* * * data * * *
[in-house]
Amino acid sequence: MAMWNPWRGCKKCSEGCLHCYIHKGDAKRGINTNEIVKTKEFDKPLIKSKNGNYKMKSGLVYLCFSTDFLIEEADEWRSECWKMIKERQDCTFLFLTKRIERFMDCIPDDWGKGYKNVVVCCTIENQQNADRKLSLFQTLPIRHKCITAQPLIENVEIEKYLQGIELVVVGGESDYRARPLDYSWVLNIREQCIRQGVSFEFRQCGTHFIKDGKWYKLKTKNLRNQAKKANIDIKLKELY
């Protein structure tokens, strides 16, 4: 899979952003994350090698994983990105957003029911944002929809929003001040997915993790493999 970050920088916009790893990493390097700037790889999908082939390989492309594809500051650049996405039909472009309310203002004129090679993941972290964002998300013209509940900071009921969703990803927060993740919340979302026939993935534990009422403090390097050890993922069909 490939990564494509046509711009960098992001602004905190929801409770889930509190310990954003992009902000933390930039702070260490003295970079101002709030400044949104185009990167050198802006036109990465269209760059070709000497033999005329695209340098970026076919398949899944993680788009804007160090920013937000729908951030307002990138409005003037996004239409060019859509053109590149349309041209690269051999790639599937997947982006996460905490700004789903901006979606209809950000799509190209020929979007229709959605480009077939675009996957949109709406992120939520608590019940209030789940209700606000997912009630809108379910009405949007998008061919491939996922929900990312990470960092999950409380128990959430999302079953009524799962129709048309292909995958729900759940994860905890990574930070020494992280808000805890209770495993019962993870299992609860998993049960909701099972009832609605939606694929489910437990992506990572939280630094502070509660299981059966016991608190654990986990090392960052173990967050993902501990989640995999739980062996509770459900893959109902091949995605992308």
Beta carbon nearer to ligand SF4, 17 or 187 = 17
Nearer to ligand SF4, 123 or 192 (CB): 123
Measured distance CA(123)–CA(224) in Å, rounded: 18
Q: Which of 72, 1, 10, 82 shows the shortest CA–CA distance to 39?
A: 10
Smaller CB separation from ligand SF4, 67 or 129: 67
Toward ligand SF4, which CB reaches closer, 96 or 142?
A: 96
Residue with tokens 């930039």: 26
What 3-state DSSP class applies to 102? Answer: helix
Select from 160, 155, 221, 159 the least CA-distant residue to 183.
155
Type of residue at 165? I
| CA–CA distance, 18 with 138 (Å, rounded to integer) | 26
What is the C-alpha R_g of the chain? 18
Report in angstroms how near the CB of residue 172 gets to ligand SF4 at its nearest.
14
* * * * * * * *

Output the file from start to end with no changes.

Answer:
[in-house]
Amino acid sequence: MAMWNPWRGCKKCSEGCLHCYIHKGDAKRGINTNEIVKTKEFDKPLIKSKNGNYKMKSGLVYLCFSTDFLIEEADEWRSECWKMIKERQDCTFLFLTKRIERFMDCIPDDWGKGYKNVVVCCTIENQQNADRKLSLFQTLPIRHKCITAQPLIENVEIEKYLQGIELVVVGGESDYRARPLDYSWVLNIREQCIRQGVSFEFRQCGTHFIKDGKWYKLKTKNLRNQAKKANIDIKLKELY
């Protein structure tokens, strides 16, 4: 899979952003994350090698994983990105957003029911944002929809929003001040997915993790493999 970050920088916009790893990493390097700037790889999908082939390989492309594809500051650049996405039909472009309310203002004129090679993941972290964002998300013209509940900071009921969703990803927060993740919340979302026939993935534990009422403090390097050890993922069909 490939990564494509046509711009960098992001602004905190929801409770889930509190310990954003992009902000933390930039702070260490003295970079101002709030400044949104185009990167050198802006036109990465269209760059070709000497033999005329695209340098970026076919398949899944993680788009804007160090920013937000729908951030307002990138409005003037996004239409060019859509053109590149349309041209690269051999790639599937997947982006996460905490700004789903901006979606209809950000799509190209020929979007229709959605480009077939675009996957949109709406992120939520608590019940209030789940209700606000997912009630809108379910009405949007998008061919491939996922929900990312990470960092999950409380128990959430999302079953009524799962129709048309292909995958729900759940994860905890990574930070020494992280808000805890209770495993019962993870299992609860998993049960909701099972009832609605939606694929489910437990992506990572939280630094502070509660299981059966016991608190654990986990090392960052173990967050993902501990989640995999739980062996509770459900893959109902091949995605992308």
Beta carbon nearer to ligand SF4, 17 or 187 = 17
Nearer to ligand SF4, 123 or 192 (CB): 123
Measured distance CA(123)–CA(224) in Å, rounded: 18
Q: Which of 72, 1, 10, 82 shows the shortest CA–CA distance to 39?
A: 10
Smaller CB separation from ligand SF4, 67 or 129: 67
Toward ligand SF4, which CB reaches closer, 96 or 142?
A: 96
Residue with tokens 């930039």: 26
What 3-state DSSP class applies to 102? Answer: helix
Select from 160, 155, 221, 159 the least CA-distant residue to 183.
155
Type of residue at 165? I
| CA–CA distance, 18 with 138 (Å, rounded to integer) | 26
What is the C-alpha R_g of the chain? 18
Report in angstroms how near the CB of residue 172 gets to ligand SF4 at its nearest.
14